Andreas Bartels: Cognitive abilities, dispositions and powers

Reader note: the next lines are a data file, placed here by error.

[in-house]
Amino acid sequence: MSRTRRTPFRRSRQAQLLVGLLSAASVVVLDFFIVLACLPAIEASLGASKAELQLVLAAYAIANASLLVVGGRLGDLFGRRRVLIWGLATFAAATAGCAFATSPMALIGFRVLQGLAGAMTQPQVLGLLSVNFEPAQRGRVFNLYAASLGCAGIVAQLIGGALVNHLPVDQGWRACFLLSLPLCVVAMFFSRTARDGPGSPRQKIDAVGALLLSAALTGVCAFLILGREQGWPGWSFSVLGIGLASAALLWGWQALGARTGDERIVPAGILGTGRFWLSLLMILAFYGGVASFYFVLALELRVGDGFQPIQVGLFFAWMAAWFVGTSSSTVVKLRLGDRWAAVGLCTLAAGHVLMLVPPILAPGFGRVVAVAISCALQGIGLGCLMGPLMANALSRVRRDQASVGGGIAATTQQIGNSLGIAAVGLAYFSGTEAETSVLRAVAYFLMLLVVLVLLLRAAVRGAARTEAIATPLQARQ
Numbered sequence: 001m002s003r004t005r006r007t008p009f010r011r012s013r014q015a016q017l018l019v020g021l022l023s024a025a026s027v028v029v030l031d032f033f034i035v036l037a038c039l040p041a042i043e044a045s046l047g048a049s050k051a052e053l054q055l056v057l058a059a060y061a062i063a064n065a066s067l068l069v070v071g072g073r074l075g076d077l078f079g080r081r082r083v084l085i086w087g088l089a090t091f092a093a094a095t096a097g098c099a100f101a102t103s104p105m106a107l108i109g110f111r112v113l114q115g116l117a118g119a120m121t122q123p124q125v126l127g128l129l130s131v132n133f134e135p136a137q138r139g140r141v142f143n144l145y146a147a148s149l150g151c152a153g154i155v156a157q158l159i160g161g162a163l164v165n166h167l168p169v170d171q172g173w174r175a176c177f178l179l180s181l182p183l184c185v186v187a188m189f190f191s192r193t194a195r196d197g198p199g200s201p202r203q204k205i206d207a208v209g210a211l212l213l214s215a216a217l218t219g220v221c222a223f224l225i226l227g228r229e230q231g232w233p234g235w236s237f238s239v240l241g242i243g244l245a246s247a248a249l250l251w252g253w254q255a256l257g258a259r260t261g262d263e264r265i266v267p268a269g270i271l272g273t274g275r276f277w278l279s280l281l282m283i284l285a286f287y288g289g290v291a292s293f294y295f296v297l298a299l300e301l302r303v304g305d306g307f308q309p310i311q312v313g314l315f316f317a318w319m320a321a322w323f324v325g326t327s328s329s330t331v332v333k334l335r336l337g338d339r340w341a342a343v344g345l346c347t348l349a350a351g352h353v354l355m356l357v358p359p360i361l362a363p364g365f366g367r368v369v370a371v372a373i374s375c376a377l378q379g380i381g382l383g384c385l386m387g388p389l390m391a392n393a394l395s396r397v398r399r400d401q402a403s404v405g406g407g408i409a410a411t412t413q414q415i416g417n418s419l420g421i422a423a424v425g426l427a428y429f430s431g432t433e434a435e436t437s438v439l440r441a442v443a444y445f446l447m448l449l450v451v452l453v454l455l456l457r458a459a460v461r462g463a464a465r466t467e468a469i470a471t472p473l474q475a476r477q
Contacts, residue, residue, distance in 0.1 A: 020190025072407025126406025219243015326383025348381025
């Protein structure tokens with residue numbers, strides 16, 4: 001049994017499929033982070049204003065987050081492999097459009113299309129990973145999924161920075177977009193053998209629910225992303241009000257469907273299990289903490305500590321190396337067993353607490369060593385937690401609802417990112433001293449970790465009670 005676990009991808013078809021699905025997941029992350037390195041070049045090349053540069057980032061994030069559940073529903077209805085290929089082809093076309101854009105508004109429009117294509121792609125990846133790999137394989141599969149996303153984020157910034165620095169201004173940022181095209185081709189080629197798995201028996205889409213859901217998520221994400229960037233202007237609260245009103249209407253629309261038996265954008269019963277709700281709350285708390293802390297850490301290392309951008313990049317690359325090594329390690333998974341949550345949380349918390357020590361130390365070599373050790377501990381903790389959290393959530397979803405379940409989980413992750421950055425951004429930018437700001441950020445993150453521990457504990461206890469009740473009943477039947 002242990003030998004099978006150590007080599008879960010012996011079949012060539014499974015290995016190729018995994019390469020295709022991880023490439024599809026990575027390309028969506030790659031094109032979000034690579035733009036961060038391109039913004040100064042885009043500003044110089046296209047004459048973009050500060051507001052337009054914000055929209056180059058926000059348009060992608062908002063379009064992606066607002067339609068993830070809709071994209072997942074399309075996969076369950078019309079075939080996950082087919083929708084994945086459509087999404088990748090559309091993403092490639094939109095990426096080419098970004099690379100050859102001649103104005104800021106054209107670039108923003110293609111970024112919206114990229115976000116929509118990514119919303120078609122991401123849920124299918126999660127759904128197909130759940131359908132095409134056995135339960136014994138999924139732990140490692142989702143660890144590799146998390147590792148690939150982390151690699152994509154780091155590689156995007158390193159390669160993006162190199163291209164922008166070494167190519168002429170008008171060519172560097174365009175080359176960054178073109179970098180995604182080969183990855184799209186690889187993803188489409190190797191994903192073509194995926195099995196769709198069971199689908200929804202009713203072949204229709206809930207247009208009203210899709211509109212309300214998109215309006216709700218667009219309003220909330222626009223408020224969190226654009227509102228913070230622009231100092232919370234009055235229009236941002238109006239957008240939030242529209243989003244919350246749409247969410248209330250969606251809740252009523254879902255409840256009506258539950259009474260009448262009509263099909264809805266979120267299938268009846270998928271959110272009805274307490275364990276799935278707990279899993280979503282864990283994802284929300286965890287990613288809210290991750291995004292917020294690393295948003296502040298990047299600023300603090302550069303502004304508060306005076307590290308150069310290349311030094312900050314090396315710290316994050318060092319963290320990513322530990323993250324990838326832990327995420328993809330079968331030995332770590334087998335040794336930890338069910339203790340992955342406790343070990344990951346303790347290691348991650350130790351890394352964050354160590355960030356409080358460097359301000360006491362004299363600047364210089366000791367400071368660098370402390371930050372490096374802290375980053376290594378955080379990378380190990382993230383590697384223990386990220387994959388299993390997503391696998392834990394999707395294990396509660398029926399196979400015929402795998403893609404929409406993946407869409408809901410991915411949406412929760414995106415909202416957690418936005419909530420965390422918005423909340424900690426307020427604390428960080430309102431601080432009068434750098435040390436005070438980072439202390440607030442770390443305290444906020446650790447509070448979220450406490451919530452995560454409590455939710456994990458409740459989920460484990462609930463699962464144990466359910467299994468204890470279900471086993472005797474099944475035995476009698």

Some cognitively relevant mental properties, e.g. the mental property to possess a certain concept, can be analysed as cognitive abilities. For instance, a cognitive system possesses a perception concept like 'red', if it is able to react in particular ways to test conditions, in which different visual scenes with red objects are provided. In dealing with the interpretation of experiments, the notion of 'ability' is more or less taken to be the notion of folk psychology. But when it comes to questions like 'Are those cognitive abilities mental causes of the respective behaviour?", it has to be asked what sort of metaphysical assumptions concerning 'abilities' we would need in order to serve as a basis for the claim of causal efficacy. The talk will give arguments to the effect that dispositions which are grounded in some physical, 'categorical' basis, and which are only contingently connected to their behavioural manifestations, will serve that aim sufficiently. 'Powers', i.e. ungrounded dispositions that cause their manifestations with metaphysical necessity, are not only unnecessary to support mental causation, but, moreover, they do not fit to the causal profile of cognitive abilities. It is claimed that powers are inappropriate as a metaphysical conception to be applied not only to cognitive abilities, but also to mental properties in general. Finally, I shall discuss, whether the conception of powers may be suited at least to understand fundamental physical properties. The answer will be negative even in that case.

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